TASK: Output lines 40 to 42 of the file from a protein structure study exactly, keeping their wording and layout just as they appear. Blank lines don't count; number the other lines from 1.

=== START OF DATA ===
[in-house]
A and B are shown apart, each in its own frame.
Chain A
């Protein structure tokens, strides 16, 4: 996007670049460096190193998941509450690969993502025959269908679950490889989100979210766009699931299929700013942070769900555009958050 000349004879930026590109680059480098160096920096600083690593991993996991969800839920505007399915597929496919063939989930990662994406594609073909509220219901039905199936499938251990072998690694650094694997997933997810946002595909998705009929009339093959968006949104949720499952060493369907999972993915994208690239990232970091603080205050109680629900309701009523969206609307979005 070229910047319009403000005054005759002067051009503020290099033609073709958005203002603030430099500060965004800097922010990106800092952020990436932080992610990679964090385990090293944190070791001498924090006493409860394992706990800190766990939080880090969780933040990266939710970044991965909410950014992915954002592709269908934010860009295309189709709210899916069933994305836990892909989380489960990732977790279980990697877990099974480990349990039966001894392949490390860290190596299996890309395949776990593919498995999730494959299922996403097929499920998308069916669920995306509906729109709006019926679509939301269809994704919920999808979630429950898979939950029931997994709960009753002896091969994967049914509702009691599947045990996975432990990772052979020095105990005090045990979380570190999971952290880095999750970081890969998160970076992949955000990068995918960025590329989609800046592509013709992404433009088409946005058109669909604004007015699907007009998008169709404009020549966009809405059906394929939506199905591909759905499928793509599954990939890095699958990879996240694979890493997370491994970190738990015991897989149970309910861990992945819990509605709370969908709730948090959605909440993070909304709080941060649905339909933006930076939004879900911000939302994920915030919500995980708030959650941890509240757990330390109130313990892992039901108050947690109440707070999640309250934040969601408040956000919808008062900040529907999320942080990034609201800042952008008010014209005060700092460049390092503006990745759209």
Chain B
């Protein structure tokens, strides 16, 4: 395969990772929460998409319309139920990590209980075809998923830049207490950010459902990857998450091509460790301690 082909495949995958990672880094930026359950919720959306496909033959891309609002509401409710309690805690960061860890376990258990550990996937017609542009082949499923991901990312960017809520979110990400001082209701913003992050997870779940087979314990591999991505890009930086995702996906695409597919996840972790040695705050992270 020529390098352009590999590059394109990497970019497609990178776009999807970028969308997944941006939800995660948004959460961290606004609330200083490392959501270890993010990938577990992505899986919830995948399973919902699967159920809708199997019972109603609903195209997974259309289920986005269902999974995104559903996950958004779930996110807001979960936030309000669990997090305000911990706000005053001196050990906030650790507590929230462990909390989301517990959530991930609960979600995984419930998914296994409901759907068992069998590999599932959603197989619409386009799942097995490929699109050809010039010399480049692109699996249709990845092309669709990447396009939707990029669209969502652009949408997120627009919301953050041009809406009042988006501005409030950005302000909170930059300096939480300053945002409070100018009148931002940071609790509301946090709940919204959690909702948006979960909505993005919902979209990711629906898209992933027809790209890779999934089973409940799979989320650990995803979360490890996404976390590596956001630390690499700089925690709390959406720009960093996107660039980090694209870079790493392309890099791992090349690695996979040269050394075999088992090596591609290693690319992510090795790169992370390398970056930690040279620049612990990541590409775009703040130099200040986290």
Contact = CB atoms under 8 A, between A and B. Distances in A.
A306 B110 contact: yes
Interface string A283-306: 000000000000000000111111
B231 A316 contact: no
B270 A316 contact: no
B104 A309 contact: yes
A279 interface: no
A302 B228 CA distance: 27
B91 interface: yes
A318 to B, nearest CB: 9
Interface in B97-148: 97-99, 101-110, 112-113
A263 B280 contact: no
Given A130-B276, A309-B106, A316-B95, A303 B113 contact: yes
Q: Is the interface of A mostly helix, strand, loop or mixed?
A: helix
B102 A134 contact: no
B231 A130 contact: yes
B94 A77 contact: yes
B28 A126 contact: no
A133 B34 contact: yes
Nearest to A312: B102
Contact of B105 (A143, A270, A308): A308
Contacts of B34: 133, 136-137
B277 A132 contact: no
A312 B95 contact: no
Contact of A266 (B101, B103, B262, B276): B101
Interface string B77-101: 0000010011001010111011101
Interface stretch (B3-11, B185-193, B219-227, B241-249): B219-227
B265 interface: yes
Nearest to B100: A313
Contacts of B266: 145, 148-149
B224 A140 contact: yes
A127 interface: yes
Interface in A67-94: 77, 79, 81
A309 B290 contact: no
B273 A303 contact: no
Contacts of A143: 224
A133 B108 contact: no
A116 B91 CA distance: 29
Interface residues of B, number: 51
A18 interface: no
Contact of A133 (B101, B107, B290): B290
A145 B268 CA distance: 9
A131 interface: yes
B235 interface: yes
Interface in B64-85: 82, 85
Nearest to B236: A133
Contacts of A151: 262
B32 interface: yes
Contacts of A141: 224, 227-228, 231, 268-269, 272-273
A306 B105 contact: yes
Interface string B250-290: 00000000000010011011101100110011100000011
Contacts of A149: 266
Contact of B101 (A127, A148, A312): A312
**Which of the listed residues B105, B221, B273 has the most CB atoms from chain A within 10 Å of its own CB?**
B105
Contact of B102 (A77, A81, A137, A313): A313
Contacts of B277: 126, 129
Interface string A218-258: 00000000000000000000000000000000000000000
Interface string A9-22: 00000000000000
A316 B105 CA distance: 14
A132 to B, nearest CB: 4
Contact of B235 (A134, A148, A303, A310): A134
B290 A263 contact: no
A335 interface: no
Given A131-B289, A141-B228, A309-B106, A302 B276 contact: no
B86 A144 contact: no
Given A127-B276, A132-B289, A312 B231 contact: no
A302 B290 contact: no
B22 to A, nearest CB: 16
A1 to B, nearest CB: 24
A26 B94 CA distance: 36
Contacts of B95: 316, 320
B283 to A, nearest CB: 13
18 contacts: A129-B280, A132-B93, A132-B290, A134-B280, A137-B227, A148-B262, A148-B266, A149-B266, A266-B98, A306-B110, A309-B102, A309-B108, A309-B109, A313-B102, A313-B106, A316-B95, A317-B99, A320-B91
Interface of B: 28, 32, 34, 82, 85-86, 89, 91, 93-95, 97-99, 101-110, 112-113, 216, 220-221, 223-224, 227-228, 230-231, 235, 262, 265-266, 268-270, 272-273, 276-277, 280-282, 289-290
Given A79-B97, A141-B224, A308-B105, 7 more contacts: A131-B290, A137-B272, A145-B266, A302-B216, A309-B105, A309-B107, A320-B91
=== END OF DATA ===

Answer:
Interface in A67-94: 77, 79, 81
A309 B290 contact: no
B273 A303 contact: no